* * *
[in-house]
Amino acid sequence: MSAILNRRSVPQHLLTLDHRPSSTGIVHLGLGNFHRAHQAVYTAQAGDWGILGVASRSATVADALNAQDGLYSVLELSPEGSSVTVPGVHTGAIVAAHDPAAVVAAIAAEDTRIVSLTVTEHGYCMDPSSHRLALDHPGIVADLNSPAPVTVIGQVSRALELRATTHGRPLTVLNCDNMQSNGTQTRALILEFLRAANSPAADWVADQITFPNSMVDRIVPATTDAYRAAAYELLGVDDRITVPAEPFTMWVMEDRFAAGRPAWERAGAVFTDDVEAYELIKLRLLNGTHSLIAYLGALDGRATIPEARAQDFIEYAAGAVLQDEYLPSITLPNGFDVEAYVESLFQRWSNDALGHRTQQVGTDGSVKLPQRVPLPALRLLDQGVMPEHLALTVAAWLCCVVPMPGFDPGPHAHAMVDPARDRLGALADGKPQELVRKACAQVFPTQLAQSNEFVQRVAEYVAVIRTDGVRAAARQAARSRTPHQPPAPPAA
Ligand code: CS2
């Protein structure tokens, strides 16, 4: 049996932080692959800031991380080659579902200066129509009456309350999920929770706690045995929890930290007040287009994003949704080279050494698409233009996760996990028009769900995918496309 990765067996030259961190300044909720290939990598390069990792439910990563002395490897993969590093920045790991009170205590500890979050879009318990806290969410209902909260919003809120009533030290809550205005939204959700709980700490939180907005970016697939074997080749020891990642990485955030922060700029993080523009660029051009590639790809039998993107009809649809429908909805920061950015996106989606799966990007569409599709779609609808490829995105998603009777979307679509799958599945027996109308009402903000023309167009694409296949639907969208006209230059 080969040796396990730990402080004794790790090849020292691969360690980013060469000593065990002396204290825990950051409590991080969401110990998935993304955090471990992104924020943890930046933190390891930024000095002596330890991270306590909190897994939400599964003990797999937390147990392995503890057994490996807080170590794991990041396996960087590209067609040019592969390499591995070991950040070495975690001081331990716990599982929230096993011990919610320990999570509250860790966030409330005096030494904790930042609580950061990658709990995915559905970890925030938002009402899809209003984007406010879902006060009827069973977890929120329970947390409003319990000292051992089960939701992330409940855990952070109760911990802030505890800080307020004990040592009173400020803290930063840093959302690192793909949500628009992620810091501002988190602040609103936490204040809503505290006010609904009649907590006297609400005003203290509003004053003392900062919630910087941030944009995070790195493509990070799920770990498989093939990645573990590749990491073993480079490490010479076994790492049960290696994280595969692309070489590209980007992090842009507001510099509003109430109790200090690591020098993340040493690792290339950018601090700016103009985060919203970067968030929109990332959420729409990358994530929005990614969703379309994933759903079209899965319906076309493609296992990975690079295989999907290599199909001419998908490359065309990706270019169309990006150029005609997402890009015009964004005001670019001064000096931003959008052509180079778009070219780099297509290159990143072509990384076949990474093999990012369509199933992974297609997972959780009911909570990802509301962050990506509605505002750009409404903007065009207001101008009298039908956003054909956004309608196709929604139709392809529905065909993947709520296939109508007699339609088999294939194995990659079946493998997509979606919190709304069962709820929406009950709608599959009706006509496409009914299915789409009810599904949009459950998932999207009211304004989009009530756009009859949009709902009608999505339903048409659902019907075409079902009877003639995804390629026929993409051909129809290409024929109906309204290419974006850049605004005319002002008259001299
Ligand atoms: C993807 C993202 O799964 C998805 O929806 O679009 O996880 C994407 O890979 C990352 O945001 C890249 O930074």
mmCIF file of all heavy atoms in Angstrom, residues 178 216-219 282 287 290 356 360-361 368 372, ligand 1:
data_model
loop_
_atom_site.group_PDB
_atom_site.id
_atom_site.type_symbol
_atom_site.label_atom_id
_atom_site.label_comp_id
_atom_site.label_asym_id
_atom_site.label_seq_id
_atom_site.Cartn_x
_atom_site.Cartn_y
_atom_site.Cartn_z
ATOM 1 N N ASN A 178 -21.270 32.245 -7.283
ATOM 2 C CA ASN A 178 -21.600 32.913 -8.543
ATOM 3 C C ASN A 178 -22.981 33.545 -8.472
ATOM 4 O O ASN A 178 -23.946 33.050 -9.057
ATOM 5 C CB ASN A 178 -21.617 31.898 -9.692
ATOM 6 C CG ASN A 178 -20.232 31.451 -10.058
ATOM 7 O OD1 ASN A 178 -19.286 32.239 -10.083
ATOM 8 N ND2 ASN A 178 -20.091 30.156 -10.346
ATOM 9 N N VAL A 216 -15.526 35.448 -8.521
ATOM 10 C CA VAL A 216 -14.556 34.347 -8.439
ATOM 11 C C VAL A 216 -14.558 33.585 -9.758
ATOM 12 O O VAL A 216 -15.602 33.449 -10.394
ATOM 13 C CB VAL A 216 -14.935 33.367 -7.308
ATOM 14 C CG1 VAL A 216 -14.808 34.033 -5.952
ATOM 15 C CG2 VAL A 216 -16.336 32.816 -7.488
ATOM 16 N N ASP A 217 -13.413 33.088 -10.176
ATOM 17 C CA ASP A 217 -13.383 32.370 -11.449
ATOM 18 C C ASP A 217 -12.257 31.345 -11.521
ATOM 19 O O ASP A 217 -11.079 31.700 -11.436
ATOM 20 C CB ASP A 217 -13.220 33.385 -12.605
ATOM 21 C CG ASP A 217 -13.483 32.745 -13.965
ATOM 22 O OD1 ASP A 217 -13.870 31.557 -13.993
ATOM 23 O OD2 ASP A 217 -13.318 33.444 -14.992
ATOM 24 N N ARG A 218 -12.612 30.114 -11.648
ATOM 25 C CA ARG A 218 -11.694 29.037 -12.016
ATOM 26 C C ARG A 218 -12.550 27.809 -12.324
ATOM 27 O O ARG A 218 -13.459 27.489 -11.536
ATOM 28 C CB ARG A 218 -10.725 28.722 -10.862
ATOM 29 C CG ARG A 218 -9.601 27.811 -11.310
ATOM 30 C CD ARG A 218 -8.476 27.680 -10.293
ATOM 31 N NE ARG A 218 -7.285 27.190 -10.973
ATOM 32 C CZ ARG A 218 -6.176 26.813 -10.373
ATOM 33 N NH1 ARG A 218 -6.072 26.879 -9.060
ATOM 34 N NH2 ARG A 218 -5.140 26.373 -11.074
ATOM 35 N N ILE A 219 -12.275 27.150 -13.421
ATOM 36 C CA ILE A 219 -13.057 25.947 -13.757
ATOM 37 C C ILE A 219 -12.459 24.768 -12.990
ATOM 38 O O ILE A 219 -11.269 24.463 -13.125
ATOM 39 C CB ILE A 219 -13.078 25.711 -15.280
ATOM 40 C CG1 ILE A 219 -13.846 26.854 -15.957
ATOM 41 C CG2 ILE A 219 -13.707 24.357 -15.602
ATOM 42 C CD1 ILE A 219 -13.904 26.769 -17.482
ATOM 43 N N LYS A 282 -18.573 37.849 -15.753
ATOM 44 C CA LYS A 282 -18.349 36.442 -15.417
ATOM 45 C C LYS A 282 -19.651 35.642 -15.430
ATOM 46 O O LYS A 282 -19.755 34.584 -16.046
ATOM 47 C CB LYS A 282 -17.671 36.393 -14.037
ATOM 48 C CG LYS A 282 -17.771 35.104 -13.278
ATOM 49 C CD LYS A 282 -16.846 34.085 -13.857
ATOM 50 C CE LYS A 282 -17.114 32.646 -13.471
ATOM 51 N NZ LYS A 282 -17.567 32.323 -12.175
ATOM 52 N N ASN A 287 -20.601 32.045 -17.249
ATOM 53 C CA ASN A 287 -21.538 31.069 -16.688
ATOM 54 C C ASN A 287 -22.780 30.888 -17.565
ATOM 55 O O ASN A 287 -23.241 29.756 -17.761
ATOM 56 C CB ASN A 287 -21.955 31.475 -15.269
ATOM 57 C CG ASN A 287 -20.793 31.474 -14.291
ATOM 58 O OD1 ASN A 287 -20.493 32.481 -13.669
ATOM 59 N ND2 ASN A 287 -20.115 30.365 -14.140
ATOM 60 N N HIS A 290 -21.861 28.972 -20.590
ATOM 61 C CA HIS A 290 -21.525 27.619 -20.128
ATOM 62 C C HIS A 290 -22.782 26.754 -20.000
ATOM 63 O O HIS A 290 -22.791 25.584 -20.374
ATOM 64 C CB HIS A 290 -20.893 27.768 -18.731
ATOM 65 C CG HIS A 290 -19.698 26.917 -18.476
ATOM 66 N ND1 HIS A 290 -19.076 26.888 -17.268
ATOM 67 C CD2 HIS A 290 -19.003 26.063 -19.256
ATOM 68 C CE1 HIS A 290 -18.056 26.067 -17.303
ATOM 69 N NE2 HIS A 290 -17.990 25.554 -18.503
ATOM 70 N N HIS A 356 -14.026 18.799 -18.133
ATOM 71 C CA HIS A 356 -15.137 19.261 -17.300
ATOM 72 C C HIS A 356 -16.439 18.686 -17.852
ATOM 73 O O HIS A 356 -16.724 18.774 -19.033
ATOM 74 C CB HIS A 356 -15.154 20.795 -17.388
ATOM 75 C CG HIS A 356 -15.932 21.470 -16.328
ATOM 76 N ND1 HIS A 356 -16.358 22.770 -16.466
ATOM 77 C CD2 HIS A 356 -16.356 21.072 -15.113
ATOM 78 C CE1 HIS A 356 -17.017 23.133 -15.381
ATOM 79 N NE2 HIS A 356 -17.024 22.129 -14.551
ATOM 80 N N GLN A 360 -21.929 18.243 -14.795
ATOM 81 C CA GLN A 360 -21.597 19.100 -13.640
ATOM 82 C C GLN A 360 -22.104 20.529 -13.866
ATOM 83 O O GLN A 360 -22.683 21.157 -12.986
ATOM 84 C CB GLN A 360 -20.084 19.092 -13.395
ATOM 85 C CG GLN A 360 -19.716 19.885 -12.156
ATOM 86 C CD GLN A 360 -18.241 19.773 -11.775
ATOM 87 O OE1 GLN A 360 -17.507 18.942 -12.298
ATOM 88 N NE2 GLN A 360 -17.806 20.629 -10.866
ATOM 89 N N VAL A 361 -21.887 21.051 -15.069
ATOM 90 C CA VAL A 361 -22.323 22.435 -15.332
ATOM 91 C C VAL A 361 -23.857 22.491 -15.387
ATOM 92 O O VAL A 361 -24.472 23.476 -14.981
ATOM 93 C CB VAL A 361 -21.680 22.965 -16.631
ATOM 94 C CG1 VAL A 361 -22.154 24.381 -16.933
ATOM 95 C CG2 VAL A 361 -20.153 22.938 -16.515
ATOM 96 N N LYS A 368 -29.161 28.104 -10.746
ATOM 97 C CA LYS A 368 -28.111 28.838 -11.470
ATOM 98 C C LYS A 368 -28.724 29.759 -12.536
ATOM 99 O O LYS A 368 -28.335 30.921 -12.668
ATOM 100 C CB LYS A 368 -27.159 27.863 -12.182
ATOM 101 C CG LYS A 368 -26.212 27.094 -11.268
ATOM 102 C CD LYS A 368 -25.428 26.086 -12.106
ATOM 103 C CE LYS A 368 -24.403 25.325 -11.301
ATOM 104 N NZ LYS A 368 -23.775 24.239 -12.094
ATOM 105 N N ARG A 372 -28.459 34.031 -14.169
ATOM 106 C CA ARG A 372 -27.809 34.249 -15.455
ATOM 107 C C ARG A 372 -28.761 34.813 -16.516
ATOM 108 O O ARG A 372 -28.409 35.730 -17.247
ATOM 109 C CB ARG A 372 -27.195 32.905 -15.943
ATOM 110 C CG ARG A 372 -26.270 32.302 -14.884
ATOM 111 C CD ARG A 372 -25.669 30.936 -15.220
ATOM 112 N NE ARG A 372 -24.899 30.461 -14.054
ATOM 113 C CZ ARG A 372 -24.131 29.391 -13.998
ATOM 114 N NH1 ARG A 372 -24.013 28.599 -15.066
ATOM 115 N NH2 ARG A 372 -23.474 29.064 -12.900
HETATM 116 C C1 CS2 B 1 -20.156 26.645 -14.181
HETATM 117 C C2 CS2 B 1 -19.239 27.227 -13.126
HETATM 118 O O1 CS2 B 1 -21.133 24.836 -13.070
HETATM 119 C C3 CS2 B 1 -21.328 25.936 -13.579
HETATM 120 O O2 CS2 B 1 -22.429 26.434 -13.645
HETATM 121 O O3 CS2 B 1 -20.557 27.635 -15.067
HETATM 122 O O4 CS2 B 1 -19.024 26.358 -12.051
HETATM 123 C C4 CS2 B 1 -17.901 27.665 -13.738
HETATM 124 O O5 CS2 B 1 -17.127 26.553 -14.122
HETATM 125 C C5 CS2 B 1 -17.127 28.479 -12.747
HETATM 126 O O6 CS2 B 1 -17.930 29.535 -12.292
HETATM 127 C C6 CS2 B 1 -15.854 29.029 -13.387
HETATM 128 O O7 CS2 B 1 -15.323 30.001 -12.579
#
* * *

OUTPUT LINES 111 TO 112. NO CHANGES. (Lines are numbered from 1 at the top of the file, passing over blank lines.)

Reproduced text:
ATOM 93 C CB VAL A 361 -21.680 22.965 -16.631
ATOM 94 C CG1 VAL A 361 -22.154 24.381 -16.933